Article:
Frank Kuebart, eco-INSTITUT Germany, presented a comparison of criteria concerning flame retardants in 65 ecolabels and sustainability standards worldwide. Key health and environment criteria for flame retardants are:
- Low toxicity, not irritant
- Not persistent or bioaccumulative
- Avoid migration from products into indoor air (lower molecular weight FRs are detected at low levels in indoor air, notably TCPP which has a relatively high vapour pressure)
- Limit soot and smoke toxins susceptible to pose health risks particularly for fire professionals
- End-of-life and recycling
Consequently, in addition to general exclusion of chemicals with problematic properties (CMR, PBT, vPvT …), a number of different labels exclude halogenated or brominated flame retardants (Blue Angel, LEED (US Green Building Council), TCO.
Dr Kuebart noted that both TCO and LEED are moving towards a positive list approach, in addition to excluding certain types of chemicals (e.g. halogenated). These positive lists are based on simplified assessment tools such as Green Screen (see pinfa Newsletter n°41), the Healthy Building Network Pharos Project, or HPDs Collaborative (Health Product Declaration).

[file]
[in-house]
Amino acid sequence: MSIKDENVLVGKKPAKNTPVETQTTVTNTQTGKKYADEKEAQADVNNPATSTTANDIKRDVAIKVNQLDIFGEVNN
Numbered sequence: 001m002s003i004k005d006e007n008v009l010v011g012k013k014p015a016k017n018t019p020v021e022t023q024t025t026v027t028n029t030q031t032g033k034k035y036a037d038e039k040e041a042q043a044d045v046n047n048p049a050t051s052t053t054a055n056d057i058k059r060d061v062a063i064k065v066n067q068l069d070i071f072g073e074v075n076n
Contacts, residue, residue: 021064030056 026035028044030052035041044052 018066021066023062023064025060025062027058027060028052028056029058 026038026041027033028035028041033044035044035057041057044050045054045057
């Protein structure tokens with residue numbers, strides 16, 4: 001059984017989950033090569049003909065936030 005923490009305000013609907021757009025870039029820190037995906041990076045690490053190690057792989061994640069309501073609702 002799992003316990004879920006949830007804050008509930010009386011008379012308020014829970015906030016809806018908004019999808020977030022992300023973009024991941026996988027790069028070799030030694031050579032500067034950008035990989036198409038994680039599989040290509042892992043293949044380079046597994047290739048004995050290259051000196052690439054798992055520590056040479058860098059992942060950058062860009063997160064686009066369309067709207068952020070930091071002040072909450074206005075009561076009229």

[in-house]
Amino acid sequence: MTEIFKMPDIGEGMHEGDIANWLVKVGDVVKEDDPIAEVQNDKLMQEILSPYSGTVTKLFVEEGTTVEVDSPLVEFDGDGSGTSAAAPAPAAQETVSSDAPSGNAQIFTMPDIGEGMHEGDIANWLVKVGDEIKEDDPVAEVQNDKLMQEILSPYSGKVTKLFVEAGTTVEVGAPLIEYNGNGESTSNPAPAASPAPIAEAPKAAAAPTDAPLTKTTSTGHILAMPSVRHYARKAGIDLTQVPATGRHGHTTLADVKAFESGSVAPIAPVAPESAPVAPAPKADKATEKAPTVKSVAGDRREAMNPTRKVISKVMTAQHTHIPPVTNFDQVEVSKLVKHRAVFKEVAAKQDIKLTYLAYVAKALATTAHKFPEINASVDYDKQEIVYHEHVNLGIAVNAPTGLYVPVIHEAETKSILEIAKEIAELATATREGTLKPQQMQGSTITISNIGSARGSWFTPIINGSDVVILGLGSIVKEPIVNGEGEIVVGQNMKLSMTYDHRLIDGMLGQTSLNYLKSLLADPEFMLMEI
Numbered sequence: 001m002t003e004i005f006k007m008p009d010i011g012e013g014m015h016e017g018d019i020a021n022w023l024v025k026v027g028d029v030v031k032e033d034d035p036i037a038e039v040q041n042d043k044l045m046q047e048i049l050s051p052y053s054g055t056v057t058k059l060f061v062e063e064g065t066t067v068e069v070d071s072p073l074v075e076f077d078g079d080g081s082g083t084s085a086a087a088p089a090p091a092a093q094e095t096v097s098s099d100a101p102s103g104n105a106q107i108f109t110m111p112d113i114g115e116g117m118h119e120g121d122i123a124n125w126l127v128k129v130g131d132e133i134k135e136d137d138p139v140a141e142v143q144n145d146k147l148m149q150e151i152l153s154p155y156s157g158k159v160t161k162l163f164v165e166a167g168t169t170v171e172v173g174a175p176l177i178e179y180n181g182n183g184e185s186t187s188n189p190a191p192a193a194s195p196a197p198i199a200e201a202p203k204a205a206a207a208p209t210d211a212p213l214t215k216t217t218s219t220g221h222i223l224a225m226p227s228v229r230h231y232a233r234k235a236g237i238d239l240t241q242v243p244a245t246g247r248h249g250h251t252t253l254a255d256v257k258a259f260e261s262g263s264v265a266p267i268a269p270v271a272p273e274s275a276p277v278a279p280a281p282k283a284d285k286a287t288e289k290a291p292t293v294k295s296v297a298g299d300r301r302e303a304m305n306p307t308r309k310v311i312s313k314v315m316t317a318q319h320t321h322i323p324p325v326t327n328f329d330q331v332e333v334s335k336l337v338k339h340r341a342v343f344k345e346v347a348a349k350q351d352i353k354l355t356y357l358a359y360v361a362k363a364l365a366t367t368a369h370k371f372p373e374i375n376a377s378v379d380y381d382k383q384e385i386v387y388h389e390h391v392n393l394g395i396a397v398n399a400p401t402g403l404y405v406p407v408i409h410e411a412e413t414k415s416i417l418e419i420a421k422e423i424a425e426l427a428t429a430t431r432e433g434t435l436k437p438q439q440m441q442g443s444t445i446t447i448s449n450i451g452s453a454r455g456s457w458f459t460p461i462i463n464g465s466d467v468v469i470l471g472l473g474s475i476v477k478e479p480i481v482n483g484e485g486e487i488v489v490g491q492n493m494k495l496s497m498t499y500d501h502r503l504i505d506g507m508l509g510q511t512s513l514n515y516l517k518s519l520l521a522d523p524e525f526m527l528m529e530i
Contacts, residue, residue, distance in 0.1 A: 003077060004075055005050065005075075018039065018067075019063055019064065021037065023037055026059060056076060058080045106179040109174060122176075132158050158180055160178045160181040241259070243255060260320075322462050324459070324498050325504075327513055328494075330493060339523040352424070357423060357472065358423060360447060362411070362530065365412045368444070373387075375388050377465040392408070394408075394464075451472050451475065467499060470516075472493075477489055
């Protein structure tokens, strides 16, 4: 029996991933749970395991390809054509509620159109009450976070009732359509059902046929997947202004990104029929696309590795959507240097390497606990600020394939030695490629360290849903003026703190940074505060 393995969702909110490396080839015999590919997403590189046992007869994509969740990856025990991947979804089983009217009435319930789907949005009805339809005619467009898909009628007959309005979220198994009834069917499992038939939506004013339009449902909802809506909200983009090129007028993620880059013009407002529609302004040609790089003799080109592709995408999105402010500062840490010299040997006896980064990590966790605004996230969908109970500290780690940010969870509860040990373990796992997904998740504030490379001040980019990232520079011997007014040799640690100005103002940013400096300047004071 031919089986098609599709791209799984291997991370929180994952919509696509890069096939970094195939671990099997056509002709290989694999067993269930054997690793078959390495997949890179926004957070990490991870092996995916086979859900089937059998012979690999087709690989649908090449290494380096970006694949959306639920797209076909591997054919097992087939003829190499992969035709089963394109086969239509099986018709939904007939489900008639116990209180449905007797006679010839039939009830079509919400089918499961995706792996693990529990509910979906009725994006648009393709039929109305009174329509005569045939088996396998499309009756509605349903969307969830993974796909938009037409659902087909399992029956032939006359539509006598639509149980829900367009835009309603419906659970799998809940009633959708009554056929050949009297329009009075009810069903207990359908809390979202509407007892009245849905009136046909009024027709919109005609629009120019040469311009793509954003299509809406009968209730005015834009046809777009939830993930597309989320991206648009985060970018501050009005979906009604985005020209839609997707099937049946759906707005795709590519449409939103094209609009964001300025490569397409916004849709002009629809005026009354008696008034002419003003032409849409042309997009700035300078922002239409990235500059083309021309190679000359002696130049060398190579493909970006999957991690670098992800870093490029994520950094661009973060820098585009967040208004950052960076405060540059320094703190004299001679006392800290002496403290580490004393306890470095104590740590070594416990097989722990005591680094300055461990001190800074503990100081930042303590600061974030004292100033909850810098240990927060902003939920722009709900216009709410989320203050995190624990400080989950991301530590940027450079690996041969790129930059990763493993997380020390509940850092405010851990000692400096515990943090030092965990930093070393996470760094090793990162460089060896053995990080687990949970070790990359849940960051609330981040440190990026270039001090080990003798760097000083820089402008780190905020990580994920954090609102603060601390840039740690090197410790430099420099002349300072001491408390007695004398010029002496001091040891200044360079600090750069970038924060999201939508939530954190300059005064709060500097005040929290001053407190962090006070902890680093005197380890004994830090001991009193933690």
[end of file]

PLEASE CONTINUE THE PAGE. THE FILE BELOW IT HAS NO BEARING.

The continuing development of PIN flame retardants which offer improved health and environment profiles and can achieve these positive lists will open new markets for passive fire safety.
Two eco-labels (Eco-INSTITUT and Natureplus) also exclude all organophosphorus FRs.This shows the need to open dialogue with NGOS and scientists to define positive safety and acceptability criteria for PIN FRs, in particular for organophosphorus FRs which have very varied and different properties. This dialogue should also address the safety of PIN FRs in recycling.